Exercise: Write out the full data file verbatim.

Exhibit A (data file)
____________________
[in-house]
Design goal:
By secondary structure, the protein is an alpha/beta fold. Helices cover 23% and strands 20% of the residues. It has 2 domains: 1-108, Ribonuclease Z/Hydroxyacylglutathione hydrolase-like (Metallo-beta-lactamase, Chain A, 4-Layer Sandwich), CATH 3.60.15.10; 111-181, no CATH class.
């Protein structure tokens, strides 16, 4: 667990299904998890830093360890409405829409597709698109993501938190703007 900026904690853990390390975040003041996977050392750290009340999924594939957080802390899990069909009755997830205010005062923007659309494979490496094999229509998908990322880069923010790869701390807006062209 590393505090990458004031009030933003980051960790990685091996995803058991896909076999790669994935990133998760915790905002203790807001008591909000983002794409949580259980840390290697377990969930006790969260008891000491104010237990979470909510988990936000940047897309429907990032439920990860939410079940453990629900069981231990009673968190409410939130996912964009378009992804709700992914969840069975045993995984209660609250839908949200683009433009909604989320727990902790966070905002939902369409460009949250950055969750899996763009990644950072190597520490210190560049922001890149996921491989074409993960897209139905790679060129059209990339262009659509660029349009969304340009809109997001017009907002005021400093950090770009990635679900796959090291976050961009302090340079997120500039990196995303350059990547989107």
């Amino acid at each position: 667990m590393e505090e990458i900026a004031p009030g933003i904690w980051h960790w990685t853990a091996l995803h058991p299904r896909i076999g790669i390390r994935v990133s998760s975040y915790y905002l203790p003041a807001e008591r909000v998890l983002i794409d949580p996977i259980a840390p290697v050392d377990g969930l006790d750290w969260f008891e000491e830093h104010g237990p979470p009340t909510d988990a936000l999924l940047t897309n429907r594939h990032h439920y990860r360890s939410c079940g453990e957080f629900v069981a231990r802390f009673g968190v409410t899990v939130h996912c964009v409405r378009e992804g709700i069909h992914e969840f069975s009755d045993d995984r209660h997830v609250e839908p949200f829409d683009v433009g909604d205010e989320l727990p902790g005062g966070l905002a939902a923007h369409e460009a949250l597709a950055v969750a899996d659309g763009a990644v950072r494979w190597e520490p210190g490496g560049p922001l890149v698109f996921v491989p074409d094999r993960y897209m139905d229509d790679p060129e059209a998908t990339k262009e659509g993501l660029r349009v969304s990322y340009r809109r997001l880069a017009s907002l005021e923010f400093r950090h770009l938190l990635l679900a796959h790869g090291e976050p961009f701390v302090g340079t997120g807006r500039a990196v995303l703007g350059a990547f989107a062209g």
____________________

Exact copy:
[in-house]
Design goal:
By secondary structure, the protein is an alpha/beta fold. Helices cover 23% and strands 20% of the residues. It has 2 domains: 1-108, Ribonuclease Z/Hydroxyacylglutathione hydrolase-like (Metallo-beta-lactamase, Chain A, 4-Layer Sandwich), CATH 3.60.15.10; 111-181, no CATH class.
């Protein structure tokens, strides 16, 4: 667990299904998890830093360890409405829409597709698109993501938190703007 900026904690853990390390975040003041996977050392750290009340999924594939957080802390899990069909009755997830205010005062923007659309494979490496094999229509998908990322880069923010790869701390807006062209 590393505090990458004031009030933003980051960790990685091996995803058991896909076999790669994935990133998760915790905002203790807001008591909000983002794409949580259980840390290697377990969930006790969260008891000491104010237990979470909510988990936000940047897309429907990032439920990860939410079940453990629900069981231990009673968190409410939130996912964009378009992804709700992914969840069975045993995984209660609250839908949200683009433009909604989320727990902790966070905002939902369409460009949250950055969750899996763009990644950072190597520490210190560049922001890149996921491989074409993960897209139905790679060129059209990339262009659509660029349009969304340009809109997001017009907002005021400093950090770009990635679900796959090291976050961009302090340079997120500039990196995303350059990547989107």
């Amino acid at each position: 667990m590393e505090e990458i900026a004031p009030g933003i904690w980051h960790w990685t853990a091996l995803h058991p299904r896909i076999g790669i390390r994935v990133s998760s975040y915790y905002l203790p003041a807001e008591r909000v998890l983002i794409d949580p996977i259980a840390p290697v050392d377990g969930l006790d750290w969260f008891e000491e830093h104010g237990p979470p009340t909510d988990a936000l999924l940047t897309n429907r594939h990032h439920y990860r360890s939410c079940g453990e957080f629900v069981a231990r802390f009673g968190v409410t899990v939130h996912c964009v409405r378009e992804g709700i069909h992914e969840f069975s009755d045993d995984r209660h997830v609250e839908p949200f829409d683009v433009g909604d205010e989320l727990p902790g005062g966070l905002a939902a923007h369409e460009a949250l597709a950055v969750a899996d659309g763009a990644v950072r494979w190597e520490p210190g490496g560049p922001l890149v698109f996921v491989p074409d094999r993960y897209m139905d229509d790679p060129e059209a998908t990339k262009e659509g993501l660029r349009v969304s990322y340009r809109r997001l880069a017009s907002l005021e923010f400093r950090h770009l938190l990635l679900a796959h790869g090291e976050p961009f701390v302090g340079t997120g807006r500039a990196v995303l703007g350059a990547f989107a062209g």